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Don’t ride your bike on the sidewalk, even on Las Vegas Strip

Pedaling down the Strip can sometimes feel like an obstacle course for bicyclists trying to dodge the throngs of vehicles and pedestrians.

Given the precarious conditions, Dan from Las Vegas wanted to know whether it is legal to ride his bike on the sidewalks lining Las Vegas Boulevard.

“Some of the police officers I’ve come across say it’s illegal, but some of the bicycle cops told me that it’s completely legal,” said Dan, who gets around on a bicycle after his truck was totaled by a red-light runner.

“I never get a clear answer,” Dan said. “I think this would be fixed simply by adding an actual bike lane that people could actually use.”

To be clear, Officer Larry Hadfield from the Las Vegas Metropolitan Police Department said it’s illegal to ride bicycles on all sidewalks — even on the Strip. Cyclists could be cited for riding on a sidewalk.

“The same rules apply everywhere,” Hadfield said. “Bicyclists need to obey all traffic laws and stay to the right when riding.”

Currently, bicyclists don’t have a designated lane on Las Vegas Boulevard — and there are no plans to add one, Clark County spokesman Dan Kulin said.

You might find it easier to ride in downtown Las Vegas, where several main streets are equipped with protected “green lane” bicycle paths. Bicycles can also be rented for a pretty reasonable price at more than 20 stations scattered across downtown and operated by the Regional Transportation Commission of Southern Nevada.

Boulder signal

Tara lives in the east valley and wanted to know if a traffic light could be installed on a heavily traveled section of Boulder Highway, between Russell and Gibson roads.

“In that area, there is a turn-around with no street light or pedestrian crossing,” Tara wrote in an email to the Road Warrior. “Over the past nine years I have lived here, there have been multiple accidents and even a death.”

Construction is expected to start by summer on a $2 million project aimed at improving eight intersections along Boulder Highway, said Tony Illia, a spokesman for the Nevada Department of Transportation.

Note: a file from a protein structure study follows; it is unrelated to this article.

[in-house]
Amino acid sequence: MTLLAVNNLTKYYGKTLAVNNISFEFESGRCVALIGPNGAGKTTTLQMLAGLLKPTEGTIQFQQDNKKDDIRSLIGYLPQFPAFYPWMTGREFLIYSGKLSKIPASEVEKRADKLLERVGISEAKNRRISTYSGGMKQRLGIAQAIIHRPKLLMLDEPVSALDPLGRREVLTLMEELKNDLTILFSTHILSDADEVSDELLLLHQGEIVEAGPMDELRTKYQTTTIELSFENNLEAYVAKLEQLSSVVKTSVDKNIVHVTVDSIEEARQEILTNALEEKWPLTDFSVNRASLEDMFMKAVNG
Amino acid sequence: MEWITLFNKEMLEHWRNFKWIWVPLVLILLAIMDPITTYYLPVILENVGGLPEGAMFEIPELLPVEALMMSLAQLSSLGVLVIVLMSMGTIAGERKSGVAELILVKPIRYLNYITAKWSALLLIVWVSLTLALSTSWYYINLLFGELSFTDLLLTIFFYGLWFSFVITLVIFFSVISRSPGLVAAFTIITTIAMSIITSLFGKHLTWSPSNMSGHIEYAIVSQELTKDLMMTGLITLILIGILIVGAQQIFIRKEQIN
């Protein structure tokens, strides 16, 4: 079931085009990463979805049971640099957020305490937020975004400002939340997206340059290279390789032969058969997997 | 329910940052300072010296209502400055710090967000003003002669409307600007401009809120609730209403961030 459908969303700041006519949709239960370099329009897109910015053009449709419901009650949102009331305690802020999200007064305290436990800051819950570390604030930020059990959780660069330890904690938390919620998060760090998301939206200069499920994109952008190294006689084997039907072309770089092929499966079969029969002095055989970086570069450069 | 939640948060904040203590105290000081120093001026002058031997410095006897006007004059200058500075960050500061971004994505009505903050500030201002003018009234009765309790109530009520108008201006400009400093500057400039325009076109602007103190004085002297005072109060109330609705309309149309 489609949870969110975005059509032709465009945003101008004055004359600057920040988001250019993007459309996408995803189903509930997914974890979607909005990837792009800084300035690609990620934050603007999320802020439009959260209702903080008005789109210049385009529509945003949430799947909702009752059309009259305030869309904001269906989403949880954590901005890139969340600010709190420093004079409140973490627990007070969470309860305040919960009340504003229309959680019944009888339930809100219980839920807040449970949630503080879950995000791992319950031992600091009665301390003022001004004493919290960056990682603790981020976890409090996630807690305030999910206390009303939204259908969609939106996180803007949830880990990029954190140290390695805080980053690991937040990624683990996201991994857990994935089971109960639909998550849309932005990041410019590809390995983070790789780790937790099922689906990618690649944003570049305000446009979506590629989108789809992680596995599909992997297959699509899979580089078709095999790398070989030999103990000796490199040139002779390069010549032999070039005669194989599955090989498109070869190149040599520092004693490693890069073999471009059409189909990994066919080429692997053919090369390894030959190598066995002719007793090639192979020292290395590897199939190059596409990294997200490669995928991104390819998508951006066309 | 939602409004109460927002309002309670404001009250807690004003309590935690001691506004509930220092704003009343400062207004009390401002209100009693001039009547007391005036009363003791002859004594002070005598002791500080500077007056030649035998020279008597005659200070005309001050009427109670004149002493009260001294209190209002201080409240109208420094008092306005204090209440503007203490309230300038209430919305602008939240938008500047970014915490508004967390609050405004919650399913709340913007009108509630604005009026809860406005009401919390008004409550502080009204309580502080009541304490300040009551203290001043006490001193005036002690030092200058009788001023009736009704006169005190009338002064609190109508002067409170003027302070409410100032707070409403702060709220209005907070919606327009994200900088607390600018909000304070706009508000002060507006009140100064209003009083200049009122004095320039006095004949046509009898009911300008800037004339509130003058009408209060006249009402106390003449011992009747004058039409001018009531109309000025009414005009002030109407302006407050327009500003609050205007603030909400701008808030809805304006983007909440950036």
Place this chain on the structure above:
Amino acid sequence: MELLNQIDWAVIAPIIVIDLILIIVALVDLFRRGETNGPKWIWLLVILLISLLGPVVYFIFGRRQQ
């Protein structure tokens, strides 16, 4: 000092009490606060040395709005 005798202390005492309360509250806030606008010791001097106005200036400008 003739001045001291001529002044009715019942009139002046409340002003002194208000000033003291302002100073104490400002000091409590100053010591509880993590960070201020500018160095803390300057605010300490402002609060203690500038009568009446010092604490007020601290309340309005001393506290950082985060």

However, that specific section of Boulder Highway is not on a list provided by NDOT. The nearest upgrades slated for that area of Boulder Highway are at Hamilton Avenue to the north, and at Foster Avenue to the south.

Clark County saw a record high of 78 pedestrians who were fatally struck on public roads in 2017 — nine of whom were killed while walking along Boulder Highway. NDOT and the RTC are expected to release a study this summer that will outline several short-term and long-term improvements for the state highway.

Right rules

Ben from Las Vegas wanted to know how to deal with right turns on wide, single-lane streets that are common in several parts of the valley.

“Should drivers move toward the wide shoulder to turn right, or should a vehicle slow down within the flow of traffic to make the right turn?” Ben asked.

Trooper Jason Buratczuk of the Nevada Highway Patrol said that if there is a solid white line marking a right shoulder, then you cannot pull into that shoulder to make your turn.

“Most white lines either disappear or become broken white lines within 100 feet from a corner so motorists can exit the flow of traffic to make the turn,” Buratczuk said. “So if there is a line marking a shoulder, then stay in the flow until the line breaks or disappears, slow down, merge right and make your turn.”

Blocked pocket

Kaki from northwest Las Vegas noted construction had recently wrapped up at Durango Drive and Farm Road, but orange cones are now blocking a left-turn pocket leading into a shopping center anchored by Albertsons.

Las Vegas city spokeswoman Margaret Kurtz said the newly built left-turn lane must remain closed because the westbound pavement width is not sufficient for most vehicles to make a safe U-turn.

The private developer who worked on that project is expected to build a new driveway into the shopping center sometime soon, Kurtz said. Meanwhile, NDOT officials are figuring out some temporary improvements to get a new signal activated at Farm Road.

Questions and comments should be sent to roadwarrior@reviewjournal.com. Please include your phone number. Follow @RJroadwarrior on Twitter.

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